Commander, Submarine Group Two


NSSF Master Chief Reflects on CMC Selection, Benefits of CPO 365

GROTON, Conn. (NNS) -- One of 97 active duty and full time support/Selected Reserve master chiefs selected to serve as a command master chief, offered his reflections on the process Feb. 27.

Naval Submarine Support Facility's Command Master Chief (SS) Rory Wohlgemuth, who graduated from New London High School in 1995, is a co-chairman of the Chief Petty Officer 365 (CPO 365) program at Naval Submarine Base New London, which regularly meets the second Thursday of every month. The next meeting is scheduled for March 8 at 10 a.m. at the Dealey Center in Groton.

CPO 365 is a three-phase year-round training cycle, which is a combination of training, networking and other events, aimed at preparing board-eligible first class petty officers to be future chief petty officers. In addition to guiding future chief petty officers, CPO 365 also provides an opportunity to build mentoring and team-building opportunities with junior officers.

"I didn't make master chief in 14 years unless someone was watching over me and involved in my life and my career, essentially taking care of me," said Wohlgemuth.

In an average week, Wohlgemuth can easily interact with a large percentage of the more than 400 Sailors.

"What I do well is take care of my Sailors and that is my number one goal," said Wohlgemuth.

Wohlgemuth also interacts with another 400 civilian personnel that are assigned to NSSF and added that "while both civilians and Sailors might not wear the same uniform, they are true patriots all the same."

Wohlgemuth reflected on the lessons learned throughout his career and how sharing this wisdom with others is essentially the bedrock for the Chief Petty Officer 365 program.

"I love the fact that it gets the door open to the chiefs' quarters," said Wohlgemuth. "I'm glad that I get the chance to be a part of it and can see it grow."

The command master chief also explained how the chiefs' unity allows them to share valuable experiences and positively lead Sailors.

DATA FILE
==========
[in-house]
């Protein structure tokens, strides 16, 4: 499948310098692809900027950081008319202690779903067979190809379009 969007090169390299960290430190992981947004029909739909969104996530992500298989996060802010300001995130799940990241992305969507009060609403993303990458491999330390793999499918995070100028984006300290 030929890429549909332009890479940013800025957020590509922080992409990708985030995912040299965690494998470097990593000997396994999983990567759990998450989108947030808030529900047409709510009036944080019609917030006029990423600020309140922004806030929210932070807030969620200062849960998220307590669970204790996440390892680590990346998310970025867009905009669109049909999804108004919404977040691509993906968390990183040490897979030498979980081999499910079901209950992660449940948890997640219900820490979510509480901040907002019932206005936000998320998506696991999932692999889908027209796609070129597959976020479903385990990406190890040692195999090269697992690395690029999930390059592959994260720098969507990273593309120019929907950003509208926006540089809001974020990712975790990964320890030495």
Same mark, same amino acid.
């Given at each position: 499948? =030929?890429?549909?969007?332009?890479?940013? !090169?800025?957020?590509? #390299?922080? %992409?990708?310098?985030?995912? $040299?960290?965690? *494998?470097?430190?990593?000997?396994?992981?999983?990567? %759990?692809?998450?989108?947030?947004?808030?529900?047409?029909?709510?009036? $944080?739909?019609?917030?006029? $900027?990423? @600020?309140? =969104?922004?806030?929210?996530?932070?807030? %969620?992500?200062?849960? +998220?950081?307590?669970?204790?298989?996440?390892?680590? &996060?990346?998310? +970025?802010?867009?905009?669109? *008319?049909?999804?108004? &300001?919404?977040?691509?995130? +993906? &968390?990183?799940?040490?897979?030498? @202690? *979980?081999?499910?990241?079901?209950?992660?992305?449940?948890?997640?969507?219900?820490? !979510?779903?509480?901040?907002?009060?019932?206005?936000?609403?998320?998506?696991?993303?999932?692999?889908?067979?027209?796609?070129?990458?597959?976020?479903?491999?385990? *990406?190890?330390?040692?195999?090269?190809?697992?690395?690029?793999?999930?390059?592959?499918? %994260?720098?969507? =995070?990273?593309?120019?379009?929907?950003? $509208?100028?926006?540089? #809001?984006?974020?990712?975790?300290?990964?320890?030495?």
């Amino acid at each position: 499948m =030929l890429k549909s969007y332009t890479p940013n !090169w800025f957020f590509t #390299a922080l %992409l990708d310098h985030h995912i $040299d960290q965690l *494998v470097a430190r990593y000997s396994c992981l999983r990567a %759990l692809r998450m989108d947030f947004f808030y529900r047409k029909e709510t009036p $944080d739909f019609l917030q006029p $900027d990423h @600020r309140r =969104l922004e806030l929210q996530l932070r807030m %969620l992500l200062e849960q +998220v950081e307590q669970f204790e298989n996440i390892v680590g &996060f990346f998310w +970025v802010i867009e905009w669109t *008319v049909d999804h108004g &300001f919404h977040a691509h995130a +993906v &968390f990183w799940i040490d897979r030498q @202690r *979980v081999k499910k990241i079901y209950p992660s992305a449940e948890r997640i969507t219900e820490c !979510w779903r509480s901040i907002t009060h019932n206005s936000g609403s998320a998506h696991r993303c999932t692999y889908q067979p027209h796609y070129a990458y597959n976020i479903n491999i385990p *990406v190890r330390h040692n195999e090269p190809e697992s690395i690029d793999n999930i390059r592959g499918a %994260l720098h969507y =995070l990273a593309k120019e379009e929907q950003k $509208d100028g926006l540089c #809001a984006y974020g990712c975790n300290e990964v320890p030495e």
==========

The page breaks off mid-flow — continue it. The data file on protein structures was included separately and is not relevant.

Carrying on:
"I think if we open the door and share what we know it will motivate our Sailors to do better and share what we know with them. If we don't engage them, they will be trained by their actions," said Wohlgemuth.

Wohlgemuth has previously deployed on four submarines to include USS Houston, USS Columbia, USS Miami, and USS Texas.

During his deployments he passed along his wisdom to the junior Sailors aboard.

"The thing that I told the new guys is to qualify as fast as you can in whatever helps your division or ship. Once you begin to be helpful to the ship more people in turn will be willing to help you," said Wohlgemuth.

He added that he believes in three major pillars and tries to apply them regularly in his naval career: integrity, dedication to doing well personally and professionally, and staying healthy.

"In my naval career, I have always wanted to provide good choices and opportunities, but at the same time showing and doing and walking the walk are truly important," said Wohlgemuth.

Wohlgemuth added that he looks forward to growing in his present job and spending time with his wife and two children.

"The best is that my father works on Naval Submarine Base New London and is employed by Naval Undersea Warfare Center, but works at the Submarine Learning Center," said Wohlgemuth.

Wohlgemuth's father also served in the Navy, aboard Los Angeles-class submarine USS Augusta (SSN 710).